SHANGHAI COOPERATION ORGANIZATION (SCO)
- The Shanghai Cooperation Organisation (SCO) summit 2022 was held recently in Samarkand, Uzbekistan.
- Samarkand declaration was signed by the member states.
- India takes over the Presidency of the SCO for 2023.
- Shanghai Cooperation Organization is a permanent intergovernmental international organization.
- Its creation was announced on 15 June 2001 in Shanghai (China) by the Republic of Kazakhstan, the People’s Republic of China, the Kyrgyz Republic, the Russian Federation, the Republic of Tajikistan, and the Republic of Uzbekistan.
- It was preceded by the Shanghai Five mechanism.
- Prior to the creation of SCO in 2001, Kazakhstan, China, Kyrgyzstan, Russia and Tajikistan were members of the Shanghai Five.
- Shanghai Five (1996) emerged from a series of border demarcation and demilitarization talks which the four former Soviet republics held with China to ensure stability along the borders.
- Following the accession of Uzbekistan to the organization in 2001, the Shanghai Five was renamed the SCO.
- India and Pakistan became members in 2017.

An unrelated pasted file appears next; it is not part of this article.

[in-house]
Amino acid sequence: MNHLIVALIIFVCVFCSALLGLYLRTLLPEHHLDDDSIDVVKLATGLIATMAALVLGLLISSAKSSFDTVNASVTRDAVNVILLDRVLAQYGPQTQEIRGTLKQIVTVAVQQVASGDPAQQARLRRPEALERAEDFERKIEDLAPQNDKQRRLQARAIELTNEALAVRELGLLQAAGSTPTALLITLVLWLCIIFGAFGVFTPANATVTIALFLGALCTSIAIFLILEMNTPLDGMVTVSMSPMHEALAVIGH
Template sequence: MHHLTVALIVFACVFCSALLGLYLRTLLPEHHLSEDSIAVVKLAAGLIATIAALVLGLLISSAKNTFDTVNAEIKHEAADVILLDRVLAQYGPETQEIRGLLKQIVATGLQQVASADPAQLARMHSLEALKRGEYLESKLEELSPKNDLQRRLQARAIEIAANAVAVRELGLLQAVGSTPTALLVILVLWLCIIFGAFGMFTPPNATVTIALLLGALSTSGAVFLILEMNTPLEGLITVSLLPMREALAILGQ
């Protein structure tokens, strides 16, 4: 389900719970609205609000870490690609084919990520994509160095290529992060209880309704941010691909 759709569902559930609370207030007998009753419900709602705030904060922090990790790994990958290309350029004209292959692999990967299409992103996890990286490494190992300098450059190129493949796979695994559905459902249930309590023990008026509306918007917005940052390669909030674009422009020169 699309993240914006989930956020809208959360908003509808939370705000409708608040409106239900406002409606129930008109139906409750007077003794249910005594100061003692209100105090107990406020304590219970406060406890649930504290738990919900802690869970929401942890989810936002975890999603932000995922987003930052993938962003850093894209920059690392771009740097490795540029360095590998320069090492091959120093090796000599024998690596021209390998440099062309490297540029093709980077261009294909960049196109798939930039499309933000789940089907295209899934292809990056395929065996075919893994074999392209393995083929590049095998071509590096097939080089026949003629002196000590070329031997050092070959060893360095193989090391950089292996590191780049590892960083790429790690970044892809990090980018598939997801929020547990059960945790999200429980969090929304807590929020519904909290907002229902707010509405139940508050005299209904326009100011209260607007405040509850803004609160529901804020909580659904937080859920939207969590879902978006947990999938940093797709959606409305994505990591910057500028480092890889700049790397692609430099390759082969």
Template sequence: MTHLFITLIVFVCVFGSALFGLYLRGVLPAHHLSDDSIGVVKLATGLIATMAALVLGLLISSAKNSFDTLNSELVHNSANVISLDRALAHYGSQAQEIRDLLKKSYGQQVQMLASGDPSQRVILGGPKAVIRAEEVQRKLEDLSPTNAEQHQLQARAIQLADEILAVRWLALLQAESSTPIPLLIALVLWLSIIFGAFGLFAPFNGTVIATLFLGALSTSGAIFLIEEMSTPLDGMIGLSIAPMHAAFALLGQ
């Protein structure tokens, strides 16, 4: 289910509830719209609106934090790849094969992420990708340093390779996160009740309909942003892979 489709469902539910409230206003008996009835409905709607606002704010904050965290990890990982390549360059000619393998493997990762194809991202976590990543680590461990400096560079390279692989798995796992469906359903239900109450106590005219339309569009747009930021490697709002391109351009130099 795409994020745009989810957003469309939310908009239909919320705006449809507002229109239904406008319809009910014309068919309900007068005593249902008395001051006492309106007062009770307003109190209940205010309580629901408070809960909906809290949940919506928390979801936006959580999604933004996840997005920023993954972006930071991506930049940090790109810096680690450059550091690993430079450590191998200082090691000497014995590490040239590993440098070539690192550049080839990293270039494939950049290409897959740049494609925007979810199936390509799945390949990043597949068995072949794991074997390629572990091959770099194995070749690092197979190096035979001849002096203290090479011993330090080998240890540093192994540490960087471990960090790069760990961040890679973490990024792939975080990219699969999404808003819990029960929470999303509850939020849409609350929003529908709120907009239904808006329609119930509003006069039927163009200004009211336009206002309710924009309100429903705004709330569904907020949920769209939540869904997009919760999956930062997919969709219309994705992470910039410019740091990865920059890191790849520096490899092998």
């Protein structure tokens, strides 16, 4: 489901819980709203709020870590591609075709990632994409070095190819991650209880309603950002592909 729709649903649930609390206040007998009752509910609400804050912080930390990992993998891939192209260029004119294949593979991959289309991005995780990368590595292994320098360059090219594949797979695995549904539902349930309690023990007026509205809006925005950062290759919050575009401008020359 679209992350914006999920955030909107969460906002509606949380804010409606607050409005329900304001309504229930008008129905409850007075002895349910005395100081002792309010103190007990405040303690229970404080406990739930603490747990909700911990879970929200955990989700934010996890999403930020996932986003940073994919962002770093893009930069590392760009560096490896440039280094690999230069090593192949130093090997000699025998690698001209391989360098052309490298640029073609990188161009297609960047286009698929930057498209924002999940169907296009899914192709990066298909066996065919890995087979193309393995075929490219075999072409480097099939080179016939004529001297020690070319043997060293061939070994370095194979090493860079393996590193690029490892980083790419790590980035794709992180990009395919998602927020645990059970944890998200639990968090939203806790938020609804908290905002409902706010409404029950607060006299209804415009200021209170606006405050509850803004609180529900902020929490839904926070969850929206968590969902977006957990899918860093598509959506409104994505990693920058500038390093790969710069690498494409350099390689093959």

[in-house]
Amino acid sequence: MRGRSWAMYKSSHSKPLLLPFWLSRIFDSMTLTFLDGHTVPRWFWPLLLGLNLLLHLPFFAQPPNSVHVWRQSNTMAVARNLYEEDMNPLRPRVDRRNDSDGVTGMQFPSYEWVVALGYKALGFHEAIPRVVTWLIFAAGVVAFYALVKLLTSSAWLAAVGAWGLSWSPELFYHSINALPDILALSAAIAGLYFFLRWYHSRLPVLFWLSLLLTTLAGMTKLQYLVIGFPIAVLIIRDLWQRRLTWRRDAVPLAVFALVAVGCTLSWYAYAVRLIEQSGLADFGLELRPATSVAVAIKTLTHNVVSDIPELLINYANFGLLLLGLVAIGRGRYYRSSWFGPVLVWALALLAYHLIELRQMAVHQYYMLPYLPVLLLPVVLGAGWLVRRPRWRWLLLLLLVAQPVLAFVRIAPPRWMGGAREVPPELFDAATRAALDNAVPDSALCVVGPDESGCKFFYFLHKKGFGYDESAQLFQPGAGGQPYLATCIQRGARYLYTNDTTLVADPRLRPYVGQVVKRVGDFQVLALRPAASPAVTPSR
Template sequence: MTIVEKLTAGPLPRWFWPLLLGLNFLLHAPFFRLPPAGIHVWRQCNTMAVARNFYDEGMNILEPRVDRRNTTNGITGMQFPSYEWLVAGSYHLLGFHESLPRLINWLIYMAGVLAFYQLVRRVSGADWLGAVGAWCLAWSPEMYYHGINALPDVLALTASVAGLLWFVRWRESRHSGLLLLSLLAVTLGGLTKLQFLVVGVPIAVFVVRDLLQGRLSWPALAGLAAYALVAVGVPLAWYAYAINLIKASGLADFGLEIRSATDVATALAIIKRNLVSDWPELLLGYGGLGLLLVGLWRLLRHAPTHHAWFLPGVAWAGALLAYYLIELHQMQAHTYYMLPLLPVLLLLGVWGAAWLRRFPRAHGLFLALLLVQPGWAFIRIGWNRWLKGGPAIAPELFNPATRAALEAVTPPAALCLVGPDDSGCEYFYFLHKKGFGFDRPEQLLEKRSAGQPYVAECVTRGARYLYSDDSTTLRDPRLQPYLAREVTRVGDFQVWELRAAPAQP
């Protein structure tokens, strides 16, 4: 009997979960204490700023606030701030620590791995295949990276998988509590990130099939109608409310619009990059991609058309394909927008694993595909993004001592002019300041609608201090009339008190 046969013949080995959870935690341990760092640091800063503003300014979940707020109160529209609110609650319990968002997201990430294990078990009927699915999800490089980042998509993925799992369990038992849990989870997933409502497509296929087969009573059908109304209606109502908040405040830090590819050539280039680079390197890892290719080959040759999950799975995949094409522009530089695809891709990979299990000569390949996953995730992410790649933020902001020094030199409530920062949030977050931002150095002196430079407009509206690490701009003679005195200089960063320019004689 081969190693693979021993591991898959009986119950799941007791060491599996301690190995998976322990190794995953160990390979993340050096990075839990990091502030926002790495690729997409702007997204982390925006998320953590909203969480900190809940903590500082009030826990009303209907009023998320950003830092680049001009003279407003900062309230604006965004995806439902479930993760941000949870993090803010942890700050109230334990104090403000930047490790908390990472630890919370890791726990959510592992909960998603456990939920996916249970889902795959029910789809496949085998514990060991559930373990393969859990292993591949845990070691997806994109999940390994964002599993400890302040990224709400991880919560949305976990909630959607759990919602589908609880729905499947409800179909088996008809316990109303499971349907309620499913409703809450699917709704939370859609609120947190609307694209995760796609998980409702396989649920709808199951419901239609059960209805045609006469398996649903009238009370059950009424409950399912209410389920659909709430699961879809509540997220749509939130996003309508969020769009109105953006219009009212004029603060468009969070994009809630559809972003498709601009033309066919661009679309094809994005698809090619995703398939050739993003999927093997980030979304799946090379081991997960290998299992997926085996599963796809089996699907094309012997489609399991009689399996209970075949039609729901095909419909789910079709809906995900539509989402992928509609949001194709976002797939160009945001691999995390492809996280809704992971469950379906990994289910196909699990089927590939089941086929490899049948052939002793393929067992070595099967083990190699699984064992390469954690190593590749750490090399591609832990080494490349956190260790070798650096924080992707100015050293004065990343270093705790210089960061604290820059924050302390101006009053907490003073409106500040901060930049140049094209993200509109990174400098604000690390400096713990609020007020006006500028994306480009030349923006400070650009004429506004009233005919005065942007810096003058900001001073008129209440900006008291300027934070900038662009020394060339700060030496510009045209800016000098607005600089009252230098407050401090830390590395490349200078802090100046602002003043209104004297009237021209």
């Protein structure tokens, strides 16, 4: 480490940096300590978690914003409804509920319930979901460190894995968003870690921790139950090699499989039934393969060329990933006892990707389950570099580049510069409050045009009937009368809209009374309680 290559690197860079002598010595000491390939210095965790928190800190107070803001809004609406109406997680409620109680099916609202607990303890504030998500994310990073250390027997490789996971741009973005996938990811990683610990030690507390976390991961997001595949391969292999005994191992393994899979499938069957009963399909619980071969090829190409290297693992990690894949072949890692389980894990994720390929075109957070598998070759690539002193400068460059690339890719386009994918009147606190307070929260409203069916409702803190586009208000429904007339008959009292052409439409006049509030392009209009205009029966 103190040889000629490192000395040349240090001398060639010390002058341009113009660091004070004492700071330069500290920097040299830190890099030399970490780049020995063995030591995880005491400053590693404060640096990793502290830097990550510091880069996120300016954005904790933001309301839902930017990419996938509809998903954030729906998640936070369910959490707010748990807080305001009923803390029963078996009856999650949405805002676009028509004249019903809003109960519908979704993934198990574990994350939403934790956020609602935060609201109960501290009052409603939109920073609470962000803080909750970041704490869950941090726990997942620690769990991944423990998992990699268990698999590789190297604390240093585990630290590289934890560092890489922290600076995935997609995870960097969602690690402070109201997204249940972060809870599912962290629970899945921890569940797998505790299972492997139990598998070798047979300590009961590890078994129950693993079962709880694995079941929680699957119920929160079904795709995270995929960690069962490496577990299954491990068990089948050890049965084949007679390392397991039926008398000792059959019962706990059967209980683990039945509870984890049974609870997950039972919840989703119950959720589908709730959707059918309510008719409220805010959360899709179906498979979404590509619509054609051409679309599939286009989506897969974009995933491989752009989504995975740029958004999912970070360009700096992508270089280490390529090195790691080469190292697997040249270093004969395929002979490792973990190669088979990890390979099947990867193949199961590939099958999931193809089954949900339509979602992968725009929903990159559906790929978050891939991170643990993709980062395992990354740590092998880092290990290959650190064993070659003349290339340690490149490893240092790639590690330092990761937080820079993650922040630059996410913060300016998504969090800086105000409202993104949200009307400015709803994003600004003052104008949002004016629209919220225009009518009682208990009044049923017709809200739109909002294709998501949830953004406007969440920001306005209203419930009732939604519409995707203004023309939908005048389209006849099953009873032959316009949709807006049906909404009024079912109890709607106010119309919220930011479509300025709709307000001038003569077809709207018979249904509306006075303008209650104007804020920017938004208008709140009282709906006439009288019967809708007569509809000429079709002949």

- On 17th September, 2021, it was announced that Iran would become a full member of the SCO.
- The Shanghai Cooperation Organisation Charter was signed during the St. Petersburg SCO Heads of State meeting in June 2002 and entered into force on 19 September 2003.
- The SCO’s official languages are Russian and Chinese.
- Member Countries
- SCO comprises eight member states, namely the Republic of India, the Republic of Kazakhstan, the People’s Republic of China, the Kyrgyz Republic, the Islamic Republic of Pakistan, the Russian Federation, the Republic of Tajikistan, and the Republic of Uzbekistan.
- The Islamic Republic of Afghanistan, the Republic of Belarus, the Islamic Republic of Iran and the Republic of Mongolia are the observer states in SCO.
- SCO has six dialogue partners, viz, the Republic of Azerbaijan, the Republic of Armenia, the Kingdom of Cambodia, the Federal Democratic Republic of Nepal, the Republic of Turkey, and the Democratic Socialist Republic of Sri Lanka.